The group was awarded two Distinguished Unit Citations which are awarded to units of the armed services of the United States, for extraordinary heroism in action against an armed enemy, the first Distinguished Unit Citation was awarded for Bremen on 8th October 1943 and its second for the 1st Air Division operations on the 11th January 1944.
I couldn’t believe I had found a website talking about the plane that I had a picture of, it went on to say "297 missions were flown up to the 25th April 1945 and 133 B17’s were lost in action, the 381st returned to the U.S.A in June 1945, leaving Ridgewell to the RAF Maintenance Command."
Rotherhithe’s Revenge: - flew 122 successful missions.
Stage Door Canteen: - flew 105 successful missions.
Later on I was very humbled and privileged to be sent this video clip by a cousin of one of the Crew members of "Fort Worth Gal" making their way back to Ridgewell following a mission which shows some brief but brilliant footage of the crew of Rotherhithe's Revenge after landing:
Over time I was still thinking what a shame that Rotherhithe’s Revenge had been scrapped and that got me thinking of a new journey; I decided to commission a professional model of Rotherhithe’s Revenge and with the help of my new found friend Mr Bob Gilbert, together with his memories, and experience along with my admiration of the plane and a lot of emails back and forth I now have my very own model of Rotherhithe's Revenge.
Bob sent me a poem which was written by a lady called Kate Kirkum, the author lived next to the Horham air base in England where the 95th Bomb Group (H) flew combat missions during WW2:
The Old Airfield
Strolling through these fields so green
Where once a throng of life has been
A feeling so invoked of me
Of sadness amidst tranquillity
For beneath where now grows golden corn
Bonds as strong as steel were born
Laughter, tears and stories shared
Amongst the comrades of the air
And as on concrete strips I tread
The backbone from whence missions led
I can almost hear the roar
As engines to the heavens soar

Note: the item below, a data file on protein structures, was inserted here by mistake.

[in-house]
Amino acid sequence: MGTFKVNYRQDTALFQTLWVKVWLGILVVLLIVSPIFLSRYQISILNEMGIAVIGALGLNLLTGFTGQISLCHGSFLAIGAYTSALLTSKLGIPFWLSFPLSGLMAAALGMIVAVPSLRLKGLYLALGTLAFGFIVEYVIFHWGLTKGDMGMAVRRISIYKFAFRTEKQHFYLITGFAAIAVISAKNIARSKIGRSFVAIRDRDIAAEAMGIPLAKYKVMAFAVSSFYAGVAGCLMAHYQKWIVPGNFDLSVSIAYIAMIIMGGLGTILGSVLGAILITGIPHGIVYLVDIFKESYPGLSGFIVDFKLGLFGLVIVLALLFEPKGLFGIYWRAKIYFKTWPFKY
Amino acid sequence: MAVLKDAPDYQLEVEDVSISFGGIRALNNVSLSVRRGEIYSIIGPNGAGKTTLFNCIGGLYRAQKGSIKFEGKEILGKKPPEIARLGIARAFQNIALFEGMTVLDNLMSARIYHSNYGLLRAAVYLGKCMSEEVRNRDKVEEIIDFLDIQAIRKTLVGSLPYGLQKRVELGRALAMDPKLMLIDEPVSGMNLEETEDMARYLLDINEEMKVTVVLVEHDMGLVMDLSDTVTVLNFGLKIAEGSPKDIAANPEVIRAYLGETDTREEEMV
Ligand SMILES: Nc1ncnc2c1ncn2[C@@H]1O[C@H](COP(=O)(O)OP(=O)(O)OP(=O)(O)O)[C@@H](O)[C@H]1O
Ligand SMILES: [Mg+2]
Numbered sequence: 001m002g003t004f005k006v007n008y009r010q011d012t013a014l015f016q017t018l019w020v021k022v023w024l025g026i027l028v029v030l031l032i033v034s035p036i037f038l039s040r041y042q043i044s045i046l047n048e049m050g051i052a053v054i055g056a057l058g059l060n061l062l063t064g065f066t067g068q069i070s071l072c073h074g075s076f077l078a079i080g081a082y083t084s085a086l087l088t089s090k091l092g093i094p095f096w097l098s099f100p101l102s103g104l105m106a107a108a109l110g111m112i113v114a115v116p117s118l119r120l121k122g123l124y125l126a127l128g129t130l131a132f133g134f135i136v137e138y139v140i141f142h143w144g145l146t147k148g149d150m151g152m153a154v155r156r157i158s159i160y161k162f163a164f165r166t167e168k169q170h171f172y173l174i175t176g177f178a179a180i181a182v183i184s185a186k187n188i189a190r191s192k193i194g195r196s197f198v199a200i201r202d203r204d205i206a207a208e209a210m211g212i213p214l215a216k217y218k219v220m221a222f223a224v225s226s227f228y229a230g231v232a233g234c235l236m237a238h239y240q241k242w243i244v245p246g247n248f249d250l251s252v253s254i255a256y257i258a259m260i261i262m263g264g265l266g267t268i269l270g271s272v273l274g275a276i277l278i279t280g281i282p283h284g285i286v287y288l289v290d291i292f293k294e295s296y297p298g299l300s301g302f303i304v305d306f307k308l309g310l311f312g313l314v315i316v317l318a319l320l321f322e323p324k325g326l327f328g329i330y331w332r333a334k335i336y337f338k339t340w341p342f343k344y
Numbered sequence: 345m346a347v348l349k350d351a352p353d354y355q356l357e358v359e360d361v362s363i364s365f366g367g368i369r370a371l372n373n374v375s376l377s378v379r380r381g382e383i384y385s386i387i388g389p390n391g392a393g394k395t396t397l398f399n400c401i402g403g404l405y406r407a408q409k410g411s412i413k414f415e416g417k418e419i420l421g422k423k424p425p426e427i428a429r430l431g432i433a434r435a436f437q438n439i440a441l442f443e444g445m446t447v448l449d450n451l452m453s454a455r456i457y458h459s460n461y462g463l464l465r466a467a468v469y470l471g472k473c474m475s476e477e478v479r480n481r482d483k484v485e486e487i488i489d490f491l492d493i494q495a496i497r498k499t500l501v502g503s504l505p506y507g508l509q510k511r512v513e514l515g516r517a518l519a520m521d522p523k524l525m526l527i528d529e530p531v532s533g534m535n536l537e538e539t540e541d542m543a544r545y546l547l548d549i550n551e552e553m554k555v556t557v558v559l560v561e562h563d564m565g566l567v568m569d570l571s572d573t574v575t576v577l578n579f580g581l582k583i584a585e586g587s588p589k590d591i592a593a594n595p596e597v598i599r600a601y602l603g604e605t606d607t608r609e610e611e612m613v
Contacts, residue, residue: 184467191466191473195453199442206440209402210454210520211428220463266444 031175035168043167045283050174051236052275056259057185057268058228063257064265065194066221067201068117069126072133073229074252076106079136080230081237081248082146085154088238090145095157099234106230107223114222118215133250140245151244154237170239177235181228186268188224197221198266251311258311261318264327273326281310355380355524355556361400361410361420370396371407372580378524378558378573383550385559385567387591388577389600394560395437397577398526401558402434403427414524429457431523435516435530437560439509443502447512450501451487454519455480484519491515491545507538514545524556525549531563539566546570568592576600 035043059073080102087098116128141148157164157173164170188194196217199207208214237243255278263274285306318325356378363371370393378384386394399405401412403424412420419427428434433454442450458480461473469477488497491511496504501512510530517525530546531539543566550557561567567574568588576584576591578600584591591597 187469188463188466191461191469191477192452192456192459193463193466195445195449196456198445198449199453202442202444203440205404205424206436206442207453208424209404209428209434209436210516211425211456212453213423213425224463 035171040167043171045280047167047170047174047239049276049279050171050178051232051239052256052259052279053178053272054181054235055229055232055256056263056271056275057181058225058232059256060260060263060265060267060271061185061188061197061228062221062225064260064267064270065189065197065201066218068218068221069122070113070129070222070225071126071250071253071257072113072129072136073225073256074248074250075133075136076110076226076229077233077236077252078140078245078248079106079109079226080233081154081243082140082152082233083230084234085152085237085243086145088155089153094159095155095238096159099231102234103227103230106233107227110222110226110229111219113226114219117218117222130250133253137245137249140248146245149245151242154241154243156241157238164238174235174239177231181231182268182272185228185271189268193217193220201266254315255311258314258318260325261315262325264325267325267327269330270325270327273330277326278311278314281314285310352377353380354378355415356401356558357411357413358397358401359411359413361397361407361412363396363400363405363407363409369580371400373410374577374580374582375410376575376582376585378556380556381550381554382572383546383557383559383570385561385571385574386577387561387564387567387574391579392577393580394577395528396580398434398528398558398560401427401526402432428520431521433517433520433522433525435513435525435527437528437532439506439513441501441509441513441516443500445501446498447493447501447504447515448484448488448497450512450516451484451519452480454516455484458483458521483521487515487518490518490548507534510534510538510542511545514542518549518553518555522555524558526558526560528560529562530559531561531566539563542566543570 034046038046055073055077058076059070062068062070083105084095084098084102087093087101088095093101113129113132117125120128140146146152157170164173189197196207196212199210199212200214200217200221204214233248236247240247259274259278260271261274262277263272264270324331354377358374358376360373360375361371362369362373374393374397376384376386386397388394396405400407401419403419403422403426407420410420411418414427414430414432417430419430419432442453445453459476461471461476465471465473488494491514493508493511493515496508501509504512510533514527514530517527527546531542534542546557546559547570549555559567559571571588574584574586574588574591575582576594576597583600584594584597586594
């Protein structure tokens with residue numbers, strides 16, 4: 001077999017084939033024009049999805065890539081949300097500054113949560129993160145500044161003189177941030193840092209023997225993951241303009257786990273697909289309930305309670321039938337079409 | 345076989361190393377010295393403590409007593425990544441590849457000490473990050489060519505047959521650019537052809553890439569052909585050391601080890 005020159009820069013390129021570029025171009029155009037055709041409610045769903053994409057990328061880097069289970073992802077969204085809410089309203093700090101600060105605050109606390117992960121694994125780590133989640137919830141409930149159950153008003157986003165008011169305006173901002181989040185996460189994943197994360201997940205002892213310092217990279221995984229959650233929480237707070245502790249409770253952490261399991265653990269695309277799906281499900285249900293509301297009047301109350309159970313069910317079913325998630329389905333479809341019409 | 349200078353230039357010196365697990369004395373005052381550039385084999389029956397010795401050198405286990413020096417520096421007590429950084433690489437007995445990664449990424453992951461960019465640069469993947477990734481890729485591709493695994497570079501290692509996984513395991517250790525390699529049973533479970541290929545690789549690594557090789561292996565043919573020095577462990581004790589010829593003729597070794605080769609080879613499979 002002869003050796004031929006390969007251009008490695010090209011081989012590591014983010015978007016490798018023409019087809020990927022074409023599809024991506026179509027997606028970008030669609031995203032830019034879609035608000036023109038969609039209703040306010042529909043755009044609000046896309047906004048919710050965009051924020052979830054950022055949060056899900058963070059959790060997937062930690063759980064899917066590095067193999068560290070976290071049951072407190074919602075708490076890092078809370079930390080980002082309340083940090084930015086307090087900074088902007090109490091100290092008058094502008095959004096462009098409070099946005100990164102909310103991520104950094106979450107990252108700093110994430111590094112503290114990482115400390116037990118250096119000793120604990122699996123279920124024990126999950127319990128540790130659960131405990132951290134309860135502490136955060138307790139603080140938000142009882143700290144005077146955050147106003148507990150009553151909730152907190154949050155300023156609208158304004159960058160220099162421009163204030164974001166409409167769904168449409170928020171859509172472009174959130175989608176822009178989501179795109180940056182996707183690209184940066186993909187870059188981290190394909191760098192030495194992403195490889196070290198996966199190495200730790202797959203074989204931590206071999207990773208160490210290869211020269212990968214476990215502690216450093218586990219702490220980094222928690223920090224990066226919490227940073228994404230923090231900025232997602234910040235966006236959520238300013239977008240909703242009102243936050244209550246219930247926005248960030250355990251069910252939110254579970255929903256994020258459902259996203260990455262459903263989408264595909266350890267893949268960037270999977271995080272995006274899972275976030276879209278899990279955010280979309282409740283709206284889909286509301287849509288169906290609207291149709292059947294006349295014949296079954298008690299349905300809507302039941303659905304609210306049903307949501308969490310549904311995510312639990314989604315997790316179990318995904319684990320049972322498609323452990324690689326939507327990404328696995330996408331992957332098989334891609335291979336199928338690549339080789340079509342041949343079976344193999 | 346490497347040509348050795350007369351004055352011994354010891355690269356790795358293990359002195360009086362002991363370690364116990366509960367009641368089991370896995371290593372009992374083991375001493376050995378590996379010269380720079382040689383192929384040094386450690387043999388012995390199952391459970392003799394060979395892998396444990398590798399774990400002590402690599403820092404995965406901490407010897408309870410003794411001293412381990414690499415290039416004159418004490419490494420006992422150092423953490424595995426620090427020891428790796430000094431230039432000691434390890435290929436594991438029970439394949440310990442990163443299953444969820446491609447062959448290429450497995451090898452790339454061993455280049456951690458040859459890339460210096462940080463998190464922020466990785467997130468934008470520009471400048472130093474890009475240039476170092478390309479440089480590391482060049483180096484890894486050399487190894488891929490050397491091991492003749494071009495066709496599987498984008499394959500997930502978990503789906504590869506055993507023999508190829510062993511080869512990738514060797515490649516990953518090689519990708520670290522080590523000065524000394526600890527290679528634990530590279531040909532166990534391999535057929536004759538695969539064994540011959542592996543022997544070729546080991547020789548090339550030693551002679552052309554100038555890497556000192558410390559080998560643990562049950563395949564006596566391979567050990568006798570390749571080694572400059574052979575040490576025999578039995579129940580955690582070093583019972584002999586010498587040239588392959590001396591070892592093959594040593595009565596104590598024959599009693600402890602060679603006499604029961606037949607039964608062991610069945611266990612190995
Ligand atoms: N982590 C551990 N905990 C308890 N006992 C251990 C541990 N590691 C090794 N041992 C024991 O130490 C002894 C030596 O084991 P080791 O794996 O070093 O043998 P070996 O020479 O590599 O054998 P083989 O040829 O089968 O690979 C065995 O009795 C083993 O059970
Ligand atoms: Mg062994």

“We count them out, we count them in”
Through the ever ascending din
This, by those who watched and cared
For men whose lives might not be spared
Day after day, night after night
Into another enduring flight
The hard core now so cracked and worn
Each tell a story for those who mourn
Yet now looking up to the clear night sky
Over the airfield on stars on high
I feel sure that in this patchwork of land
Our faithful friends stretch out their hands
This land which now yields sheaves of gold
Will forever breathe a life of old
Never forget they came, they went
And for you and me their lives were spent
©2004, Kate Kirkum
I would like to give my sincere thanks to Bob Gilbert. Without him and his patience, this project and research would not have come to its final conclusion. He published a book "The View from the Bottom up"; he had been working on the book for sometime which he was enthusiastic about - I was lucky enough to have it signed and sent over to me,
the day he emailed me the answers to my questions was the beginning of a brief but honourable friendship.
Sadly Bob Gilbert passed away on the 2nd of May 2013, but I will be forever grateful for the help, enthusiasm and friendship he showed me.
Finally, a big thank you to Stephen Humphrey. If it was not for him publishing his book Rotherhithe and Bermondsey Remembered, I would never have had a place to begin.